Find out how to make your workplace COVID-secure

Coronavirus (COVID-19): Business support (employers & business)

Guidance for food businesses on coronavirus (COVID-19)

All guides (available on Gov.uk):

Close contact services (e.g. hairdressers, barbers, tattooists, beauticians, etc).

Construction and other outdoor work

Factories, plants and warehouses

Heritage locations

Hotels and other guest accommodation

Labs and research facilities

Offices and contact centres

Other people's homes (e.g. when working in/visiting or delivering to other people's homes).

Performing arts guidance

Providers of grassroots sport and gym/leisure facilities

Restaurants, pubs, bars and takeaway services

Shops and branches (e.g. stores and similar environments).

Vehicles (e.g. lorry drivers, work vehicles, working in/from vehicles, couriers, mobile workers, etc).

The visitor economy (including indoor/outdoor attractions, events of a business nature, consumer shows, working in hotels/guest accommodation, etc).

Providers of health and social care settings are required to follow specific guidance for the sector. Search for more 'care' based resources on the GOV.UK site

Different guidance should be referenced for the following settings:

Educational and childcare settings

Wedding and civil partnership receptions and celebrations

Public transport operators

General Resources:

Coronavirus (COVID‑19)

Healthcare UK

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Our Wonderful NHS


Public Healthcare


The UK is renowned for its publicly funded, equality-led, accessible National Health Service  (NHS).

Created in July 1948, the National Health Service was the brainchild of Aneurin Bevan, a politician with Labour Party credentials, who acted as the Minister of Health from 1945 to  1951. The NHS is free and accessible to all and is funded by public finances, providing  guaranteed care in the UK for all that use it and who have appropriate residential status.  Today, the National Health Service encompasses Northern Ireland, Wales, Scotland, and  England.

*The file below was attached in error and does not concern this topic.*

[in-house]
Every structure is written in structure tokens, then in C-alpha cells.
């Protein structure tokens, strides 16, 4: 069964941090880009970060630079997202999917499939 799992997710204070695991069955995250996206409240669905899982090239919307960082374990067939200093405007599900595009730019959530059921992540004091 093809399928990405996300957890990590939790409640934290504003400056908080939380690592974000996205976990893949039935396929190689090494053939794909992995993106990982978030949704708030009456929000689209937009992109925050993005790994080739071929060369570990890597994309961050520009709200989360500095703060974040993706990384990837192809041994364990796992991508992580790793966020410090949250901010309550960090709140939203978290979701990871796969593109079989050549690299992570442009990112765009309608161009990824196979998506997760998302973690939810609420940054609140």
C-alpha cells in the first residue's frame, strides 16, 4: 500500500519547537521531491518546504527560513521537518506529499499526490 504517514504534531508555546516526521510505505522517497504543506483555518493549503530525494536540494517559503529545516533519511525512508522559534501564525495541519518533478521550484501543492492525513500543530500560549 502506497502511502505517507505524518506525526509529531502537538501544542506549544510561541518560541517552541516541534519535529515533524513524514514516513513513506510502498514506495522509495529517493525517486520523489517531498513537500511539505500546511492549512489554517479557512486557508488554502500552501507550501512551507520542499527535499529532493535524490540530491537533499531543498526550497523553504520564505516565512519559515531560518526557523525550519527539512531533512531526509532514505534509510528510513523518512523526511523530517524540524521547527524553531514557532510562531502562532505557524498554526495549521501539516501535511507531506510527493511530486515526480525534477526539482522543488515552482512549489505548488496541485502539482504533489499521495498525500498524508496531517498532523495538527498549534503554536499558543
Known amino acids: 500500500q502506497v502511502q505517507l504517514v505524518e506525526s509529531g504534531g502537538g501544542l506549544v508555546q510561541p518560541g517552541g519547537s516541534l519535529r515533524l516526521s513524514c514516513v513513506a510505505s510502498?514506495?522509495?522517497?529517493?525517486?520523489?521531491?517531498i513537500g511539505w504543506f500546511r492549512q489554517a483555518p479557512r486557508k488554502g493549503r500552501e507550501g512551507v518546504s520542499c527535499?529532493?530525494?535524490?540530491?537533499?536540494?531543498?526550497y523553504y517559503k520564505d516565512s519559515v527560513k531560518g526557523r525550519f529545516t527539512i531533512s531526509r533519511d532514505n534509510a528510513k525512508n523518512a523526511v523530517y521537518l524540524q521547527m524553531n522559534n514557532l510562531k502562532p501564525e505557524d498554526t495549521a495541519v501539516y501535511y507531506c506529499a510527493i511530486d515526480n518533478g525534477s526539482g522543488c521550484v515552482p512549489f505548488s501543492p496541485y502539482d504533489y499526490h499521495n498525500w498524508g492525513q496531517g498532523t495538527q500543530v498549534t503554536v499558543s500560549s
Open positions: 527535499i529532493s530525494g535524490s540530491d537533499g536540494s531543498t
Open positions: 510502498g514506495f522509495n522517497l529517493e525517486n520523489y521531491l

The NHS has an underpinning, core set of values that ensure an effective and holistic set of health services are delivered to UK residents, without any costs or charges (with some  exceptions).
From humble beginnings, today's NHS employs hundreds of thousands of qualified and  experienced staff in many different backgrounds and professions. The NHS provides doctors, consultants, nurses, paramedics, healthcare workers and allied health professions to name but a few. It also ensures that thousands of administrative staff, dentists, transport operatives, clinical and non-clinical staff are on hand, plus many other employees from a wide range of  disciplines.

The NHS truly represents a dynamic and diverse workforce and boasts itself as a  globally huge employer, having approximately 1.5 million employees. Representing itself as the UK's largest employer, the NHS currently has 217 trusts in operation.

During the 2018/2019 period, the Department for Health and Social Care had an expenditure  of £130.3 billion pounds and these finances have been utilised to provide funding for GP based  services, public health, ambulance provision, hospitals (as of 2019, there were around 1200  hospitals in place), community services, training, mental health services and vaccinations.  Clinical Commissioning groups (CCGs) that number at around 200, ensure that plans for  hospital, primary and community-based services are put into place.

In the forefront of current news and events throughout 2020, the NHS has understandably  taken a highly visual stance in leading and managing the current coronavirus (COVID-19)  pandemic, strategically providing a whole host of community and hospital based services to  tackle the challenging issues that coronavirus continues to present. The NHS has also been able  to provide skilled help and resources (e.g. Personal Protective Equipment - PPE) to manage,  contain and hopefully reduce associated infection control issues.


Private Healthcare